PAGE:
Reinforced by policies, charters segregate schools

2021-03-01
ITHACA, N.Y. - The expansion of charter schools in the 2000s led to an increase in school segregation and a slight decline in residential segregation, according to new research from Cornell University providing the first national estimates of the diverging trends. According to the study, the average district to expand charter school enrollment between 2000 and 2010 experienced a 12% increase in white-Black school segregation and a 2% decrease in white-Black residential segregation. The patterns moved in opposite directions, the research found, because charter ...

Potential target for treating many cancers found within GLI1 gene

2021-03-01
Scientists from the Stanley Manne Children's Research Institute at Ann & Robert H. Lurie Children's Hospital of Chicago found that a region within the DNA of the cancer-promoting GLI1 gene is directly responsible for regulating this gene's expression. These findings, published in the journal Stem Cells, imply that this region within GLI1 could potentially be targeted as cancer treatment, since turning off GLI1 would interrupt excessive cell division characteristic of cancer. "From previous research, we know that GLI1 drives the unrelenting cell proliferation that is responsible for many cancers, and that this gene also stimulates its own expression," says co-senior author Philip Iannaccone, MD, PhD, Professor Emeritus at the Manne Research Institute at Lurie Children's and Northwestern ...

Natural product isolated from sea sponge tested against cancer cells

Natural product isolated from sea sponge tested against cancer cells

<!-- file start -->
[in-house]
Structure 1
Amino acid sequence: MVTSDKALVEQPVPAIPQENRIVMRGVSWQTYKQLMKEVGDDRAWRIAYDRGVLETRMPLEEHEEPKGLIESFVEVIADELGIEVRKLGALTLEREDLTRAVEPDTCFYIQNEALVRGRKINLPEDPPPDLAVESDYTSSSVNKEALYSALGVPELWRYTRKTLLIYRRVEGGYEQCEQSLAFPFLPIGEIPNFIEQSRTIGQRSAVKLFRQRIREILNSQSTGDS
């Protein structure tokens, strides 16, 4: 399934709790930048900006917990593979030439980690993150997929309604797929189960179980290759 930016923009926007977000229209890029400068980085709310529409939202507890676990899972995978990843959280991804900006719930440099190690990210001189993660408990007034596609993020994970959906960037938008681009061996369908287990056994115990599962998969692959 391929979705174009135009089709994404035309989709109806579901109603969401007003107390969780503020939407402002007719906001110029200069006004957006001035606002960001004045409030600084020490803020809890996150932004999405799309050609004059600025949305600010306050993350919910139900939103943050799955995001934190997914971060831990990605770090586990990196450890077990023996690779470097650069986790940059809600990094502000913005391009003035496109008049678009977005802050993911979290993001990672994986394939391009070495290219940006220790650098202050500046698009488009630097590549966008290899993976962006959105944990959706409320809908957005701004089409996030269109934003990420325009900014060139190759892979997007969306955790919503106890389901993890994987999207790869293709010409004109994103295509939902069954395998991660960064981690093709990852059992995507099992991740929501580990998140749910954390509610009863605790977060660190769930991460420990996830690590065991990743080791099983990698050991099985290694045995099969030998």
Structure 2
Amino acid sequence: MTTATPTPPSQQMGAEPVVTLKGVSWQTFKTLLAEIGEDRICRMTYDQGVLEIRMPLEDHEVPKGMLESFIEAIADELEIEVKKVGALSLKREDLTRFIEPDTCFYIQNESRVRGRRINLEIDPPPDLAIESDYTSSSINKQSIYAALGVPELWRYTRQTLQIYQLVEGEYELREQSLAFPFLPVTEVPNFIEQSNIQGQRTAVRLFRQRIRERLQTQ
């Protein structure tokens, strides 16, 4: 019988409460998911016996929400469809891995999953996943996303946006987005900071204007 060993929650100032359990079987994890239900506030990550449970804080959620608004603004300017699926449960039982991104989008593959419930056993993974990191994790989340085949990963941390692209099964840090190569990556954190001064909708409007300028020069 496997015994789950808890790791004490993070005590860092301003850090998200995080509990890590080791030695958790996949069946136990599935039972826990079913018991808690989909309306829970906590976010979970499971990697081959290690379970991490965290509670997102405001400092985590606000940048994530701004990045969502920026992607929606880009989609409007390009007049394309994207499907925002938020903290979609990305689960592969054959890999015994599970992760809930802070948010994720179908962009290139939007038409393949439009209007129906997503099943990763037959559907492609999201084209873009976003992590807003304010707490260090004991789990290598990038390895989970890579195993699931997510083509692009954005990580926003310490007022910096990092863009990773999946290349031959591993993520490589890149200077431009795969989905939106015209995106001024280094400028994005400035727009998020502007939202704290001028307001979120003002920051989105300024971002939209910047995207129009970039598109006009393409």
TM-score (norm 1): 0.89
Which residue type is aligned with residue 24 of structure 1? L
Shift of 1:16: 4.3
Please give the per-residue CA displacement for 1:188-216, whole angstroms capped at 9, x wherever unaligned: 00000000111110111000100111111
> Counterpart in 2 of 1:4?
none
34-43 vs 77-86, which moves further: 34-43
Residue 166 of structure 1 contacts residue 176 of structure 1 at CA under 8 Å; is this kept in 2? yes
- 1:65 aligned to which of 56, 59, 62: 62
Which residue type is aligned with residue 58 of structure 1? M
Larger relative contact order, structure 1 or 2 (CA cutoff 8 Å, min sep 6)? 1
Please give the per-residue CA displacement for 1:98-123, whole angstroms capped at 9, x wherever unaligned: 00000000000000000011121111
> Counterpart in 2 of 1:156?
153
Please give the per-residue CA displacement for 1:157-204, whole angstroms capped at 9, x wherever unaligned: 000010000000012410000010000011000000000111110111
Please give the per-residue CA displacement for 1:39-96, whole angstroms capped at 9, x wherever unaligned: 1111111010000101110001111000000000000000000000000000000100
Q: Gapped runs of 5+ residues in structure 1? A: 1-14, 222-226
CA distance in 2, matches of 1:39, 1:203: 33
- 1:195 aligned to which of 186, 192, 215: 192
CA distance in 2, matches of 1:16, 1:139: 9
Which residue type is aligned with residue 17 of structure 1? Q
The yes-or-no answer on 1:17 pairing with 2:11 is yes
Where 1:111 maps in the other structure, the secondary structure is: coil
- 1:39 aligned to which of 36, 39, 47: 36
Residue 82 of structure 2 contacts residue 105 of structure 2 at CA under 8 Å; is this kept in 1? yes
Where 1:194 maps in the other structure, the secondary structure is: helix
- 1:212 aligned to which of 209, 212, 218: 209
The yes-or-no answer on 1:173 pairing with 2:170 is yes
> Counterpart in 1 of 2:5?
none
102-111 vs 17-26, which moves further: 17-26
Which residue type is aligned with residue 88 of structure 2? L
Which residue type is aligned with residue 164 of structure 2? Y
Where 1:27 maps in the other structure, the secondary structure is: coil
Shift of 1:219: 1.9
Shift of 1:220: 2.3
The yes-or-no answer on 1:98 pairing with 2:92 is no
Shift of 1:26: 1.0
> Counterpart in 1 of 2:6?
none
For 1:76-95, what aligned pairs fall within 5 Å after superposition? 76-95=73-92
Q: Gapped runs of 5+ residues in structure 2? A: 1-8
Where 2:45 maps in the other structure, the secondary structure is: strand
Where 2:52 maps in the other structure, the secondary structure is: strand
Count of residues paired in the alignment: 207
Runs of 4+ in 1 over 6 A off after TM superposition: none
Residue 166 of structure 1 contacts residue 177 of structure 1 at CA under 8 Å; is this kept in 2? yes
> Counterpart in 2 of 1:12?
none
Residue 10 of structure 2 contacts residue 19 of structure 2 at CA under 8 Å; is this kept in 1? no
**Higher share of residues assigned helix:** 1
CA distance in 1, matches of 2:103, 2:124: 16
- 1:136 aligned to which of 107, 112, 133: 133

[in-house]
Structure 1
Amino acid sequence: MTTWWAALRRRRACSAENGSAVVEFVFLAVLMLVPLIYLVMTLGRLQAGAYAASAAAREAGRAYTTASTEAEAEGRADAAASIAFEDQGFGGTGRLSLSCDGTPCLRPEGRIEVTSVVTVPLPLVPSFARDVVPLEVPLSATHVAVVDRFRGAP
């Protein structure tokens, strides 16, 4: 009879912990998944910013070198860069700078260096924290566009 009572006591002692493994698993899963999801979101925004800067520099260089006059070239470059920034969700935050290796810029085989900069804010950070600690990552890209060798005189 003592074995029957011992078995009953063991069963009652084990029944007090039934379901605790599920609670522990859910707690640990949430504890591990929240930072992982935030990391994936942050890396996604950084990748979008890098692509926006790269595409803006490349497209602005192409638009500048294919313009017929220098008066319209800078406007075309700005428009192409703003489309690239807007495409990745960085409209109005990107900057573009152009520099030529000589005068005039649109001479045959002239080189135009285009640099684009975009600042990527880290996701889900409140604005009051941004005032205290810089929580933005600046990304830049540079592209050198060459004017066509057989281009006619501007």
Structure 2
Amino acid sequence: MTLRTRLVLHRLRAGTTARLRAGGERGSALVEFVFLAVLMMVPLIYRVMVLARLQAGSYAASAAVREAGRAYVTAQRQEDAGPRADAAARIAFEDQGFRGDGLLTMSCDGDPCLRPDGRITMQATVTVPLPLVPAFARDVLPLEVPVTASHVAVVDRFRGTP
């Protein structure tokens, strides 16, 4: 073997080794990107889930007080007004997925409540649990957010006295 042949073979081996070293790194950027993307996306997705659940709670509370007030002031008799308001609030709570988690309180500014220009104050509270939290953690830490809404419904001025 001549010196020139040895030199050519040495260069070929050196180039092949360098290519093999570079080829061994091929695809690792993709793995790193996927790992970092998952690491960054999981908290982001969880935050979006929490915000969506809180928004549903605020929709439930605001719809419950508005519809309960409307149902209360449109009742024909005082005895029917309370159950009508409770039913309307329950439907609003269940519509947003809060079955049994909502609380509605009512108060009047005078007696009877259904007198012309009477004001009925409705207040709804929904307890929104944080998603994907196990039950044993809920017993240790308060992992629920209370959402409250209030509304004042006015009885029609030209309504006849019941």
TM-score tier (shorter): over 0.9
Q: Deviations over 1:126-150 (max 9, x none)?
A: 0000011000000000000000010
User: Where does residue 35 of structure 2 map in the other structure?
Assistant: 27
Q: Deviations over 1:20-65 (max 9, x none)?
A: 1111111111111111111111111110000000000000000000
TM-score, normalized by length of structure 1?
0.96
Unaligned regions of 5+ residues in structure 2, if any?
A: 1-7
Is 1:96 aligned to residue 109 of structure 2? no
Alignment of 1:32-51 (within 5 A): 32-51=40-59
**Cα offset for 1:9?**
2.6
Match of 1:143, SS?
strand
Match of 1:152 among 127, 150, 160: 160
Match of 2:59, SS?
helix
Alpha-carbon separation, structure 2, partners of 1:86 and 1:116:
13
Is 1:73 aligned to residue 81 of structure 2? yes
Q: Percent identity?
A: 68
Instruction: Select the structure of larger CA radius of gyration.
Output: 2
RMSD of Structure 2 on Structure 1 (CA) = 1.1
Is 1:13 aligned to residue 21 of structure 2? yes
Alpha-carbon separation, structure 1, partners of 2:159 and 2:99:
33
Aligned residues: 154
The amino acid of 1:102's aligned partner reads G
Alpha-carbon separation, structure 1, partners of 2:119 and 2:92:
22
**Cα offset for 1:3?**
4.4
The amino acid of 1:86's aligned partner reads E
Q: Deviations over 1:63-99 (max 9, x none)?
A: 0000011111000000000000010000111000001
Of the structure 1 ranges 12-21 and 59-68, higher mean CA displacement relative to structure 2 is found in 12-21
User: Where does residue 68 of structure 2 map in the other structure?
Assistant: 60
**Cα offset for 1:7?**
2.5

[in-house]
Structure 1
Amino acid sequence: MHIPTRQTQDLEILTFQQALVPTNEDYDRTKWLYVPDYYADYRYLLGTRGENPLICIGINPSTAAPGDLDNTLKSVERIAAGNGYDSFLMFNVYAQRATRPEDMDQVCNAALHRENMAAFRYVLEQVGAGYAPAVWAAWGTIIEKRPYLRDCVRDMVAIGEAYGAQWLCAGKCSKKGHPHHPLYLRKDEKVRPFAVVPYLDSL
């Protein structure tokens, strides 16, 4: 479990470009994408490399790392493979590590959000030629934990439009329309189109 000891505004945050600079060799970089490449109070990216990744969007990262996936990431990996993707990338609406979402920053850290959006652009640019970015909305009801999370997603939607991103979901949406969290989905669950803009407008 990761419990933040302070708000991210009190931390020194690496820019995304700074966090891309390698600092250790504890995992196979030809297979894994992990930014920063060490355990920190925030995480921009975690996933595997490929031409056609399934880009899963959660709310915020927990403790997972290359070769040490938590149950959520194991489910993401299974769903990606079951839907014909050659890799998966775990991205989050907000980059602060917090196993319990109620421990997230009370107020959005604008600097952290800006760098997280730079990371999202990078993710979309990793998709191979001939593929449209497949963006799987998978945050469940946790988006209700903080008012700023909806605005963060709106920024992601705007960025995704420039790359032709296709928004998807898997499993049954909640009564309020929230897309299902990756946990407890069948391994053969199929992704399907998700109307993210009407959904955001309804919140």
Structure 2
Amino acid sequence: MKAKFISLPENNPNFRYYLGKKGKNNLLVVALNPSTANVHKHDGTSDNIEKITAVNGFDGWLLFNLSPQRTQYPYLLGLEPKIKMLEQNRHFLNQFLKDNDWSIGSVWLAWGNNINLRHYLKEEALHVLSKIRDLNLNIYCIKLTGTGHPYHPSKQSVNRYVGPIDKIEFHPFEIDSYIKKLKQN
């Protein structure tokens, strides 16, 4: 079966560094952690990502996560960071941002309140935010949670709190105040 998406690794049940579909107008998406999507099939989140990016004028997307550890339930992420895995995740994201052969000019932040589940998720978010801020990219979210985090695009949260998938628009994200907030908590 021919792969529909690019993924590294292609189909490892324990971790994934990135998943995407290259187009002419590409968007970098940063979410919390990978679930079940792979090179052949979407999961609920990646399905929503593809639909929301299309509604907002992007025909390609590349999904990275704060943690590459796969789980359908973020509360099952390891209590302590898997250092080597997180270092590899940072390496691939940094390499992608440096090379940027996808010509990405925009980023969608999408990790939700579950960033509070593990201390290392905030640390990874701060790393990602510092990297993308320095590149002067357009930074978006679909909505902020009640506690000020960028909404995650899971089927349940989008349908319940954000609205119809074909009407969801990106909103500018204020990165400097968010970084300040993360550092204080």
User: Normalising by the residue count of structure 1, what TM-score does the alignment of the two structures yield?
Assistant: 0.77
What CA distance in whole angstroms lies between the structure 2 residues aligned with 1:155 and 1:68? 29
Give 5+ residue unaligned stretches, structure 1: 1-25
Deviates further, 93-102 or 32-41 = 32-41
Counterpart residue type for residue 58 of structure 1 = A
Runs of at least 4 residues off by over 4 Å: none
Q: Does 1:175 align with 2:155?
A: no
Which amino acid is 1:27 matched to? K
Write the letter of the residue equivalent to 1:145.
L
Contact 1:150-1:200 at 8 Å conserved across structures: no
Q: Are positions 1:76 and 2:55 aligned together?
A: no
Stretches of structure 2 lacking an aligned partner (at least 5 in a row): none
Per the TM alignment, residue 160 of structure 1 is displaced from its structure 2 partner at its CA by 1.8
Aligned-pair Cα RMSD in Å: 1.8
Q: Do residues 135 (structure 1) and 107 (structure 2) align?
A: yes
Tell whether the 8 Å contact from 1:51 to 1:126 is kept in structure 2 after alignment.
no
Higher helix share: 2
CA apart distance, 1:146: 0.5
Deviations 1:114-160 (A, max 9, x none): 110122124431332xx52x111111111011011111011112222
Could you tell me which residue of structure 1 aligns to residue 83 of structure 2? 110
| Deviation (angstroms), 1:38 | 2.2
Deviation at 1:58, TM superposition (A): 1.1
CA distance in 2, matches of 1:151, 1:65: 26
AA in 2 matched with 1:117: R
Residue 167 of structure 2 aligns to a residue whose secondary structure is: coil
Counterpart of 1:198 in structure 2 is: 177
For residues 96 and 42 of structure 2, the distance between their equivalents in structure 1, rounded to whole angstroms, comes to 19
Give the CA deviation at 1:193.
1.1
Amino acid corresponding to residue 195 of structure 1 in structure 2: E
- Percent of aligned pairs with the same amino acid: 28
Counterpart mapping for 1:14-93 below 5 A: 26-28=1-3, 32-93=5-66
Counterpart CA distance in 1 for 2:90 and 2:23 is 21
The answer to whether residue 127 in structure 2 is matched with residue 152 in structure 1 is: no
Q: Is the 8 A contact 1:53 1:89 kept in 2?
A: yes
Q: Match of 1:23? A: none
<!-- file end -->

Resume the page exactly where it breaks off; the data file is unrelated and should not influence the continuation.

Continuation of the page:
2021-03-01
Scientists from Far Eastern Federal University (FEFU) together with Russian and German colleagues, continue studying antitumor compounds synthesized based on bioactive molecules isolated from a sea sponge. One of them fights cancer cells resistant to standard chemotherapy, and at the same time has an interesting dual mechanism of action. A related article appears in Marine Drugs. Scientists have tested the biological effect of the marine alkaloid 3,10-dibromofascaplysin on various prostate cancer cells, including those resistant to standard docetaxel-based chemotherapy. ...

On calm days, sunlight warms the ocean surface and drives turbulence

On calm days, sunlight warms the ocean surface and drives turbulence
2021-03-01
CORVALLIS, Ore. - In tropical oceans, a combination of sunlight and weak winds drives up surface temperatures in the afternoon, increasing atmospheric turbulence, unprecedented new observational data collected by an Oregon State University researcher shows. The new findings could have important implications for weather forecasting and climate modeling, said Simon de Szoeke, a professor in OSU's College of Earth, Ocean, and Atmospheric Sciences and the lead author of the study. "The ocean warms in the afternoon by just a degree or two, but it is an effect that has largely been ignored," said de Szoeke. ...

Mechanistic understanding of oxygen-redox processes in lithium-rich battery cathodes

Mechanistic understanding of oxygen-redox processes in lithium-rich battery cathodes
2021-03-01
HARWELL, UK (1 March 2021) Scientists based at the University of Oxford as part of the Faraday Institution CATMAT project researching next-generation cathode materials have made a significant advance in understanding oxygen-redox processes involved in lithium-rich cathode materials. The paper, published in Nature Energy, proposes strategies that offer potential routes to increase the energy density of lithium-ion batteries. "In the ever more difficult quest to make incremental improvements to Li-ion battery energy density, being able to harness the potential of oxygen-redox cathodes and the bigger improvements they offer relative to the nickel rich cathodes in commercial use today is potentially significant," Prof Peter Bruce, University ...

Socioeconomic status plays a major role in cognitive outcomes

Socioeconomic status plays a major role in cognitive outcomes
2021-03-01